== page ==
DEF 14A 1 d283146ddef14a.htm DEFINITIVE PROXY STATEMENT Definitive Proxy Statement
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UNITED STATES

SECURITIES AND EXCHANGE COMMISSION

WASHINGTON, DC 20549

SCHEDULE 14A INFORMATION

Proxy Statement Pursuant to Section 14(a) of the

Securities Exchange Act of 1934

Filed by the Registrant   x                    

Filed by a Party other than the Registrant  ¨

Check the appropriate box:

 

¨   Preliminary Proxy Statement
¨   Confidential, for Use of the Commission Only (as permitted by Rule 14a-6(e)(2))
x   Definitive Proxy Statement
¨   Definitive Additional Materials
¨   Soliciting Material under §240.14a-12
PepsiCo, Inc.
(Names of Registrant as Specified in its Charter)
(Names of Person(s) Filing Proxy Statement, if Other Than the Registrant)
Payment of filing fee (Check the appropriate box):
x   No fee required.
¨   Fee computed on table below per Exchange Act Rules 14a-6(i)(1) and 0-11.
  (1)  

Title of each class of securities to which transaction applies:

 

 

   

 

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Aggregate number of securities to which transaction applies:

 

 

   

 

  (3)  

Per unit price or other underlying value of transaction computed pursuant to Exchange Act Rule 0-11 (set forth the amount on which the filing fee is calculated and state how it was determined):

 

 

   

 

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Proposed maximum aggregate value of transaction:

 

 

   

 

  (5)   Total fee paid:
   
   

 

¨   Fee paid previously with preliminary materials.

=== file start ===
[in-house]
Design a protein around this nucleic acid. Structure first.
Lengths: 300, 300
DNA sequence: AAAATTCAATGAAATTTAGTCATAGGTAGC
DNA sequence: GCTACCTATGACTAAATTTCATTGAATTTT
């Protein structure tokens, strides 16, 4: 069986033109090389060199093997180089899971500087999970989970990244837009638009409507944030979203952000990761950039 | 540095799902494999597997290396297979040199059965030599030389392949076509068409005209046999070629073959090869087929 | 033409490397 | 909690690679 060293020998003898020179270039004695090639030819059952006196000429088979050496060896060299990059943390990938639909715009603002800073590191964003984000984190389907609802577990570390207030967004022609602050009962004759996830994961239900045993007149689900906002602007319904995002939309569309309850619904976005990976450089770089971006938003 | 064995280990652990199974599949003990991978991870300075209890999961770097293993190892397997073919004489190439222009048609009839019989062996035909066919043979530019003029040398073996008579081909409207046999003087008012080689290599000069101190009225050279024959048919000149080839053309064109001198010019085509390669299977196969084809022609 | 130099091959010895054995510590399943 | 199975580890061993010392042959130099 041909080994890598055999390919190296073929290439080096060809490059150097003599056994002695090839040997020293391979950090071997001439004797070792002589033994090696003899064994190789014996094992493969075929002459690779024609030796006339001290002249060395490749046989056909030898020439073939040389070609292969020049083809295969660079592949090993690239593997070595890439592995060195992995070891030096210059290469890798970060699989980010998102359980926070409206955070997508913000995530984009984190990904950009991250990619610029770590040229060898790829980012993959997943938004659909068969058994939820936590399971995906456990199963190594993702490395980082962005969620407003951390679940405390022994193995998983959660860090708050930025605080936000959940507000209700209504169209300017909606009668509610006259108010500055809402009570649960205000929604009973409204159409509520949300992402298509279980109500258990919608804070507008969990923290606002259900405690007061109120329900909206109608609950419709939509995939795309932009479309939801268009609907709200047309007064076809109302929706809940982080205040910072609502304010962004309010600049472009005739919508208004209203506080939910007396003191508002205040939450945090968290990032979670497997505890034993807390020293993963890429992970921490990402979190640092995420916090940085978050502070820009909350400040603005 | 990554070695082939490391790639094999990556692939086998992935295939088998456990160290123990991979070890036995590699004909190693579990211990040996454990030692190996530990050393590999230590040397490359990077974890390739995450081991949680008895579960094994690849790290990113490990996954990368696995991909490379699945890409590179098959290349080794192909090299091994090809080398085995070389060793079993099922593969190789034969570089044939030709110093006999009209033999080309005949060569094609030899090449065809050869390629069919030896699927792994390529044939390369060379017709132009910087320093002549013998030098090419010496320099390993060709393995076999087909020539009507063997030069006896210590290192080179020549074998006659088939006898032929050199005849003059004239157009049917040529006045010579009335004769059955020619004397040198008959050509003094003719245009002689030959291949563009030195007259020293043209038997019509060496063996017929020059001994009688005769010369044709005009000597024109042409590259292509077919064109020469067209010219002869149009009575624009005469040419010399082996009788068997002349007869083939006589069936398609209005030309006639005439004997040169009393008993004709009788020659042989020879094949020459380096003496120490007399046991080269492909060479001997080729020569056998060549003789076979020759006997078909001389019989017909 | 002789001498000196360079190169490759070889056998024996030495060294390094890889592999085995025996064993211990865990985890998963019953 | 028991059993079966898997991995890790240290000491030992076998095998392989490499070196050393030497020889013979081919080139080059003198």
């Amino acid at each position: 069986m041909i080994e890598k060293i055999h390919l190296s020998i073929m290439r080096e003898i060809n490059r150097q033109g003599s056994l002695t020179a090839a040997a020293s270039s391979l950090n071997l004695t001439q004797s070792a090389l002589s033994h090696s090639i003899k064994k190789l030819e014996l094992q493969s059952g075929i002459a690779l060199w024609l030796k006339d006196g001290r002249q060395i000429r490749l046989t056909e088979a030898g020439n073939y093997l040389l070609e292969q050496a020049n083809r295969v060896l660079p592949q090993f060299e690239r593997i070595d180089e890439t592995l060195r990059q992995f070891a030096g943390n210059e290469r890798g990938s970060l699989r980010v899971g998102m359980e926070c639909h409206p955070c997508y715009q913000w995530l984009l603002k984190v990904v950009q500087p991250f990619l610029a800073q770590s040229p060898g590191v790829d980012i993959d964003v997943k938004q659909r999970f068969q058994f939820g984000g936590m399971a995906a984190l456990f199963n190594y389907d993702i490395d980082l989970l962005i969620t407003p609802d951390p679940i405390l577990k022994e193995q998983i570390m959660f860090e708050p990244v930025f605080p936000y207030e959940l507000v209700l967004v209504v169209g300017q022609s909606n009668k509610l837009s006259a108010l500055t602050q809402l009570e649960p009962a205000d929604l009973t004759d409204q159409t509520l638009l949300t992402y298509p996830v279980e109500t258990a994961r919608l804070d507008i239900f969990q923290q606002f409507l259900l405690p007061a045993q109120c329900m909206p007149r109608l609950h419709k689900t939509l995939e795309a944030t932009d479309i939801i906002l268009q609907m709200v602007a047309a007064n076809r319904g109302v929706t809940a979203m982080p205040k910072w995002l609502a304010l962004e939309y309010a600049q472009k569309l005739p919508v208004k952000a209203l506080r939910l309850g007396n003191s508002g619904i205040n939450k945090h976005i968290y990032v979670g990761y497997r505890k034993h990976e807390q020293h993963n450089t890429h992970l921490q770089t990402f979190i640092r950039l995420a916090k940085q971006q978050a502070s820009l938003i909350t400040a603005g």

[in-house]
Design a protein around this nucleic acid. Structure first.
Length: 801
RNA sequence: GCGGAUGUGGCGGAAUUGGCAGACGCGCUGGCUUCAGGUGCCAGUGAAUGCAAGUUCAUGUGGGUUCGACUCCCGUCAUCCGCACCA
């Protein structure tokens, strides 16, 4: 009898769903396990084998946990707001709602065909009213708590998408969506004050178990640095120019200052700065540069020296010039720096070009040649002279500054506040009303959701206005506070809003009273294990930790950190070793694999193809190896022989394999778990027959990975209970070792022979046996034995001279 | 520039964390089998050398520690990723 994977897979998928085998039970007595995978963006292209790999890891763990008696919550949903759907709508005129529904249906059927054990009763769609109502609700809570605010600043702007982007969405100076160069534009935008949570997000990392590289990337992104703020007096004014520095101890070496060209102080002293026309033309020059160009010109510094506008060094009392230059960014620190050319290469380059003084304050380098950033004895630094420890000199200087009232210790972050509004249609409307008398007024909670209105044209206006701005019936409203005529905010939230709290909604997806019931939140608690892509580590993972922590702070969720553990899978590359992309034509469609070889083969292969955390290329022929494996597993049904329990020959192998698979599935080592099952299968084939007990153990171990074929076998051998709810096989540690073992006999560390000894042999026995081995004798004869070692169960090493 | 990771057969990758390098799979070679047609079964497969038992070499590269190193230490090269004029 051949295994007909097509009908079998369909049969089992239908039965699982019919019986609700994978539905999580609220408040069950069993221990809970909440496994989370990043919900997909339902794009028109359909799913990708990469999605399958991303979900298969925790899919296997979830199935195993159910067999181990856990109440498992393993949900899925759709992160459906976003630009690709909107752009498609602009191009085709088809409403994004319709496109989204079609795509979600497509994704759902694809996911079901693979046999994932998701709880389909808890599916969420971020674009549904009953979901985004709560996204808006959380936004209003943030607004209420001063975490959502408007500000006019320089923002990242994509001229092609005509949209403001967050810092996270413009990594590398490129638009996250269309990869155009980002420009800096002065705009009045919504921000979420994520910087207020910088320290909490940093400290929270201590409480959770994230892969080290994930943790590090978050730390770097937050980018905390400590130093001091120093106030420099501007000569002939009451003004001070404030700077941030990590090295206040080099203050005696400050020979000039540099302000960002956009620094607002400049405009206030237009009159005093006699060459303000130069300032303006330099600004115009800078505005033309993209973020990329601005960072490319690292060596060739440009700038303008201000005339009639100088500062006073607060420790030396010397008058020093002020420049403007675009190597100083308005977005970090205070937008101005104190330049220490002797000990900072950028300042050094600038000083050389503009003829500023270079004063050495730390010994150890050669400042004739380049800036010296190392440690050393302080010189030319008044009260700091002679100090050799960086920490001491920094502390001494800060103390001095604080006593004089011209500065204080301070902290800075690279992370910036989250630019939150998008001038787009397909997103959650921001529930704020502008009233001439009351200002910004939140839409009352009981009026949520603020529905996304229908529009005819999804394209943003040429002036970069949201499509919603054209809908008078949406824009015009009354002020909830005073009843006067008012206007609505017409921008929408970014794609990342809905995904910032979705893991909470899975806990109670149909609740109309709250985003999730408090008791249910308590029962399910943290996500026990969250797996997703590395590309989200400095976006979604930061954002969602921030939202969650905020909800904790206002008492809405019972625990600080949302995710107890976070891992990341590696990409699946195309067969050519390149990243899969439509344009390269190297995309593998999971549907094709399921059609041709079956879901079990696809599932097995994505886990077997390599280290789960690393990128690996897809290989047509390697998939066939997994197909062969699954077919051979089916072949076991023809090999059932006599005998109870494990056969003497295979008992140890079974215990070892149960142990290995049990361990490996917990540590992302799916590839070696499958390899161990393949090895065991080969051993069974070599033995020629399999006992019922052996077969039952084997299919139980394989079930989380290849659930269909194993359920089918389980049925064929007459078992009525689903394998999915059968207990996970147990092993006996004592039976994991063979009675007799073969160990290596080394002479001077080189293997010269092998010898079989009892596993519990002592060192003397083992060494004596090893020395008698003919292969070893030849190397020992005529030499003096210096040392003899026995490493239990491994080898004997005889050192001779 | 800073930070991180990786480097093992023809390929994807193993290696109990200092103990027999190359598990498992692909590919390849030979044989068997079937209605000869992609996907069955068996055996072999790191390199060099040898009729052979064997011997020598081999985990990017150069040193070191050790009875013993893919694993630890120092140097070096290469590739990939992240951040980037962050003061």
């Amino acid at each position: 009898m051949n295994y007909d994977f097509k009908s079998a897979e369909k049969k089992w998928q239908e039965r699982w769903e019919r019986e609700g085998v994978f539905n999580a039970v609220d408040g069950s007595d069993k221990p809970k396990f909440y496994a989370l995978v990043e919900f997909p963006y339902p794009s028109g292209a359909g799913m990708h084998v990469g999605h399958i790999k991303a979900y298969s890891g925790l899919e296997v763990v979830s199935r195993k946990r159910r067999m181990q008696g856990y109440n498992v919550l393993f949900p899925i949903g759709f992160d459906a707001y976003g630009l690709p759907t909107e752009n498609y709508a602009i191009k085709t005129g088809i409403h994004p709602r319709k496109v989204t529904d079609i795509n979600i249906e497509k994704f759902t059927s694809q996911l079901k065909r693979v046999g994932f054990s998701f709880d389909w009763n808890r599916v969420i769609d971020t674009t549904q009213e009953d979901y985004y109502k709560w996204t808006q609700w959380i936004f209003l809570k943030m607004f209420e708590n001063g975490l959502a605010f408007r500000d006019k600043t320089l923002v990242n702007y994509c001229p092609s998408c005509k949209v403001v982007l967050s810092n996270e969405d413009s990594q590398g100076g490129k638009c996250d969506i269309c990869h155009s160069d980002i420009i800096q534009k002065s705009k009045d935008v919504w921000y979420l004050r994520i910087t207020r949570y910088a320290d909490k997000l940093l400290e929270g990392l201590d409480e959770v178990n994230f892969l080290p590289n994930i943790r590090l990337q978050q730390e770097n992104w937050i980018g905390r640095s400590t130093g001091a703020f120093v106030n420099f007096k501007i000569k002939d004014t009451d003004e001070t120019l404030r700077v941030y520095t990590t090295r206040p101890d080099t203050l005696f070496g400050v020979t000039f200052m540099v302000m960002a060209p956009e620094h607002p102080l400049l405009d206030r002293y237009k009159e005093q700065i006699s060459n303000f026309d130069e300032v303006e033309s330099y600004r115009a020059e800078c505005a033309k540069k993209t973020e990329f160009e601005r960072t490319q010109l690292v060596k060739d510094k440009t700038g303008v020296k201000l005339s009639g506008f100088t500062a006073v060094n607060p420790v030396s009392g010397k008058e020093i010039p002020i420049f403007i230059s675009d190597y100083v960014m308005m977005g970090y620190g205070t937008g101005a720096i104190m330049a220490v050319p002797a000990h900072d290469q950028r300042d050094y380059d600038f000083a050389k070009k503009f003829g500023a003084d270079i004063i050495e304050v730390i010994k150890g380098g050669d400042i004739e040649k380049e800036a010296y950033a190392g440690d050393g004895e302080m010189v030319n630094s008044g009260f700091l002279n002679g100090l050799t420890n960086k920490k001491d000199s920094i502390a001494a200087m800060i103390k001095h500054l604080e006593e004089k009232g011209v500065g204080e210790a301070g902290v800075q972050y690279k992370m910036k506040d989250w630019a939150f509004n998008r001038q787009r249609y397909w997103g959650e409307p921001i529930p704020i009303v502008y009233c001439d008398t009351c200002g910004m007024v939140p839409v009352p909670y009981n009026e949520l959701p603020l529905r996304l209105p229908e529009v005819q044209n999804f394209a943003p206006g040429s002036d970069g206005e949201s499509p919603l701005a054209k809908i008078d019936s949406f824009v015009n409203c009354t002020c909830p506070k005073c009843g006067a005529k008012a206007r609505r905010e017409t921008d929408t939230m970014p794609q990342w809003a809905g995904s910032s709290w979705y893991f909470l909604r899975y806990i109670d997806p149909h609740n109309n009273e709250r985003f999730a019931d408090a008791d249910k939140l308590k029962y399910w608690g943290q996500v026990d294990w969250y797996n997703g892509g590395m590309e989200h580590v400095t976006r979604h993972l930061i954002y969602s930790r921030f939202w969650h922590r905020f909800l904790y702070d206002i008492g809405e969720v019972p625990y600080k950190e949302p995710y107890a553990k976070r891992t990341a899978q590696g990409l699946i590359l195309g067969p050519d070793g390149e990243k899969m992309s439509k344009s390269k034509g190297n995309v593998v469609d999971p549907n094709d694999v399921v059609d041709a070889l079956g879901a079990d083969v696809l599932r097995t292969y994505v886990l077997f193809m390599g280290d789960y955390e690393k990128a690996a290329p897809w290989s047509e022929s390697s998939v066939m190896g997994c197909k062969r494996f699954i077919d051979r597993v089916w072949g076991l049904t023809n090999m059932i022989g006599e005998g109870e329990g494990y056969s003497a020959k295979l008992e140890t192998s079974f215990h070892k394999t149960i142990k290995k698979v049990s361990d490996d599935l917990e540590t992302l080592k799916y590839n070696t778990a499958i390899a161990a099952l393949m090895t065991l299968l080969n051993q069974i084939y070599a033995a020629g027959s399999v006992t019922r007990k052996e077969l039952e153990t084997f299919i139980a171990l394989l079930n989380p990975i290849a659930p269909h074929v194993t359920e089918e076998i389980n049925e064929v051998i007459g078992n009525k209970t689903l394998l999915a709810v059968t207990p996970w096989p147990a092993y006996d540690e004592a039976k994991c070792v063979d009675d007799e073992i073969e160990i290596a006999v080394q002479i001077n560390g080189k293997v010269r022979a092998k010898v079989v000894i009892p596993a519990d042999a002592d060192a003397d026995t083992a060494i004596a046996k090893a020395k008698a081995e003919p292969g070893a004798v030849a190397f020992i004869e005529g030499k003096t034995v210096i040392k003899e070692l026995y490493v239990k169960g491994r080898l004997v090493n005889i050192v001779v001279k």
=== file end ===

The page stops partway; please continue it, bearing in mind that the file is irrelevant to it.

¨   Check box if any part of the fee is offset as provided by Exchange Act Rule 0-11(a)(2) and identify the filing for which the offsetting fee was paid previously. Identify the previous filing by registration statement number, the Form or Schedule and the date of its filing.
  (1)  

Amount Previously Paid:

 

 

   

 

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LOGO

 

700 Anderson Hill Road

Purchase, New York 10577-1444

 

March 23, 2012

 

Dear Fellow PepsiCo Shareholders:

 

We are pleased to invite you to attend our 2012 Annual Meeting of Shareholders, which will be held on Wednesday, May 2, 2012 at 9:00 a.m. Eastern Daylight Time at the North Carolina History Center at Tryon Palace, 529 South Front Street, New Bern, North Carolina 28562. New Bern, North Carolina is the “birthplace” of PepsiCo, and we are pleased to be returning to this historic place for our 2012 Annual Meeting. For your convenience, we will offer a live webcast of our Annual Meeting on our website at www.pepsico.com under “Investors”—“Investor Presentations.”

 

2011 was an important year for PepsiCo. We delivered solid top- and bottom-line growth and made disciplined investments in the business to generate long-term value. We bolstered our strong leadership team by bringing in external talent with skills that will help position PepsiCo to perform in a new and changing environment. Alberto Weisser, the Chairman and Chief Executive Officer of Bunge Limited, a global food, commodity and agribusiness company, joined our Board of Directors in September 2011. We also added two key executives to our senior team: Enderson Guimaraes, who was previously executive vice president and chief executive officer of Electrolux’s appliances business in Europe, Africa and the Middle East, joined us as President of Global Operations, and Maura A. Smith, who was previously general counsel of International Paper Company, joined us as Executive Vice President, Government Affairs, General Counsel and Corporate Secretary.